Earlier this month the Supreme Court asked the Obama Administration's opinion on whether a state's law that bars convicted felons from voting violates the federal Voting Rights Act. The case in which this issue is being tackled is Simmons v. Galvin. In that case, Massachusetts Article 10, an amendment to the state constitution, bars felons from voting while they are in prison. 13 other states have similar laws on the books. 35 other states extend the prohibition on voting beyond prison, to parole, probation and beyond. Only Maine and Vermont have no restrictions on a felon's right to vote. Roughly 5.3 million felons have been barred from voting by these laws. Roughly thirty-eight percent of those felons are African American. The claim is that the Voting Rights Act is being violated because of the disparate impact on African Americans. The Supreme Court has not yet decided whether to take on the Simmons case. By requesting that the U.S. Solicitor General file a brief on the case, they are signaling that they are seriously considering tackling this delicate and contentious issue.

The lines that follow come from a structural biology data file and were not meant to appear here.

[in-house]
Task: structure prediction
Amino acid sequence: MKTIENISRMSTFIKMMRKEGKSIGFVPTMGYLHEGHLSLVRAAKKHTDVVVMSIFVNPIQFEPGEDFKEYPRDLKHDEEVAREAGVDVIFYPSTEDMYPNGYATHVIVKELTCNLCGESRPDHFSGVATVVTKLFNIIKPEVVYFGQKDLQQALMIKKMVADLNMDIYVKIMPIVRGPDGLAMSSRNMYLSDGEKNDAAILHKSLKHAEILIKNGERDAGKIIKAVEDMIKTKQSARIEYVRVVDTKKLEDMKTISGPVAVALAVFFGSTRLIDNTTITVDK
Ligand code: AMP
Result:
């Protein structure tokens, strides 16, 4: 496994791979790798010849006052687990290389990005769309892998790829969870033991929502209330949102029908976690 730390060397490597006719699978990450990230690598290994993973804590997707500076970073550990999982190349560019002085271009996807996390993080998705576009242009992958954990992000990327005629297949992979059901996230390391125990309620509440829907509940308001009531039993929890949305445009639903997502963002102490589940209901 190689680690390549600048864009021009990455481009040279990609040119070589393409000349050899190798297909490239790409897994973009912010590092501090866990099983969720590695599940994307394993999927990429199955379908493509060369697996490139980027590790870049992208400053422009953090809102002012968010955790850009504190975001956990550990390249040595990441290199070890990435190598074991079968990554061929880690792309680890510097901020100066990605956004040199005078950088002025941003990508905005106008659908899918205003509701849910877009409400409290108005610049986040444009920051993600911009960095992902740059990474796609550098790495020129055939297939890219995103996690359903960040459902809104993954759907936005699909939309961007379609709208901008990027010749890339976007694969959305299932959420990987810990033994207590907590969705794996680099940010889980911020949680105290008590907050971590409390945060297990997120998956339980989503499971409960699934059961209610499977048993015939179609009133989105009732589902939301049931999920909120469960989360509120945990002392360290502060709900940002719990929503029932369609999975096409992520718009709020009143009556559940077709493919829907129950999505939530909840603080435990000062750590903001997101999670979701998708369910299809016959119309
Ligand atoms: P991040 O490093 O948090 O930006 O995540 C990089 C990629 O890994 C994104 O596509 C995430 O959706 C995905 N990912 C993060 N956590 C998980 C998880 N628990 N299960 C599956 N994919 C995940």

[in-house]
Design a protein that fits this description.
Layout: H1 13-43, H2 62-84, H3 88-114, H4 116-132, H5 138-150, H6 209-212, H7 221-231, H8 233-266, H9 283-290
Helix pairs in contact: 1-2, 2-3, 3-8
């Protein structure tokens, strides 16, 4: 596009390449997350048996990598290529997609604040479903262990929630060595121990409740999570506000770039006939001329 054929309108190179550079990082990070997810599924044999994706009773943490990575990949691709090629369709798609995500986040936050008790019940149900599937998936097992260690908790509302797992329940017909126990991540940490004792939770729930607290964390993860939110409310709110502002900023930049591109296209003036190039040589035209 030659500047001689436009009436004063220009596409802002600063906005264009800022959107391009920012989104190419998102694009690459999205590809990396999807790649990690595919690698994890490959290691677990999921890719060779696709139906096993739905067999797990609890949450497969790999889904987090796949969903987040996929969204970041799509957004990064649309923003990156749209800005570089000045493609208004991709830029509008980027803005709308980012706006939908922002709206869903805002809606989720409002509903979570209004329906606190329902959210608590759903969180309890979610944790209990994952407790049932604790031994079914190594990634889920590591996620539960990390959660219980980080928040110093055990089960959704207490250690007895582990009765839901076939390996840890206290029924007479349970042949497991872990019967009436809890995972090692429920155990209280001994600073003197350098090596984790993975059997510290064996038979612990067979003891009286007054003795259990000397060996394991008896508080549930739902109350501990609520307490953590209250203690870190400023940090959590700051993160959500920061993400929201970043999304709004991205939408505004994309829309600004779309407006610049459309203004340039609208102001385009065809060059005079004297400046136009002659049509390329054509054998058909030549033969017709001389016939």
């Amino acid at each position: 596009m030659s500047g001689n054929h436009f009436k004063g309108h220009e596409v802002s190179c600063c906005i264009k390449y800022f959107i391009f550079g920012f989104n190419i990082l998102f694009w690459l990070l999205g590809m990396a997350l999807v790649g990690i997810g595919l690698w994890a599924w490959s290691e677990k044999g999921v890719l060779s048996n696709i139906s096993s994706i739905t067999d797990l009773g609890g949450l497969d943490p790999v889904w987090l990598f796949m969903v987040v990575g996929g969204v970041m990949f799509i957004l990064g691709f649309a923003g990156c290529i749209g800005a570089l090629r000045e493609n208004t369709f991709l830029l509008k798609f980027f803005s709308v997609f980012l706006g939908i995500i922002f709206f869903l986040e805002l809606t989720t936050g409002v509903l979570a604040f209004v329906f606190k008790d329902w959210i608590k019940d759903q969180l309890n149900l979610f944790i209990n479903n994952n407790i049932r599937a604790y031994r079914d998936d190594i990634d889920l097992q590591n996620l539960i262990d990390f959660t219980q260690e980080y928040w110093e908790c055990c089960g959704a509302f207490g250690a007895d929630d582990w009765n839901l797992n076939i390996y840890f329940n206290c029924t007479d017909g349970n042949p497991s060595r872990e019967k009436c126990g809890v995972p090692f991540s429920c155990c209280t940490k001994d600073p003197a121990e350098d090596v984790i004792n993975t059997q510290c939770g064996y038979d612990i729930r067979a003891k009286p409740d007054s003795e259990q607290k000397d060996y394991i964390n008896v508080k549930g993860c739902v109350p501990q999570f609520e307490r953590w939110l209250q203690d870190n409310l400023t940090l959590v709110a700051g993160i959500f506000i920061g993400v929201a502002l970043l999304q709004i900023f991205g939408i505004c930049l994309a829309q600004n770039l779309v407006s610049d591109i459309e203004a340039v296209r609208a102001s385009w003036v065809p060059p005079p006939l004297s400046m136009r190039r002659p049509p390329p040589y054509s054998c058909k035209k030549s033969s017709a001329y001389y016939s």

For more information about the Chicago criminal defense attorneys at Legal Defenders, P.C., visit us at www.thelegaldefenders.com or call us anytime at 1-800-228-7295.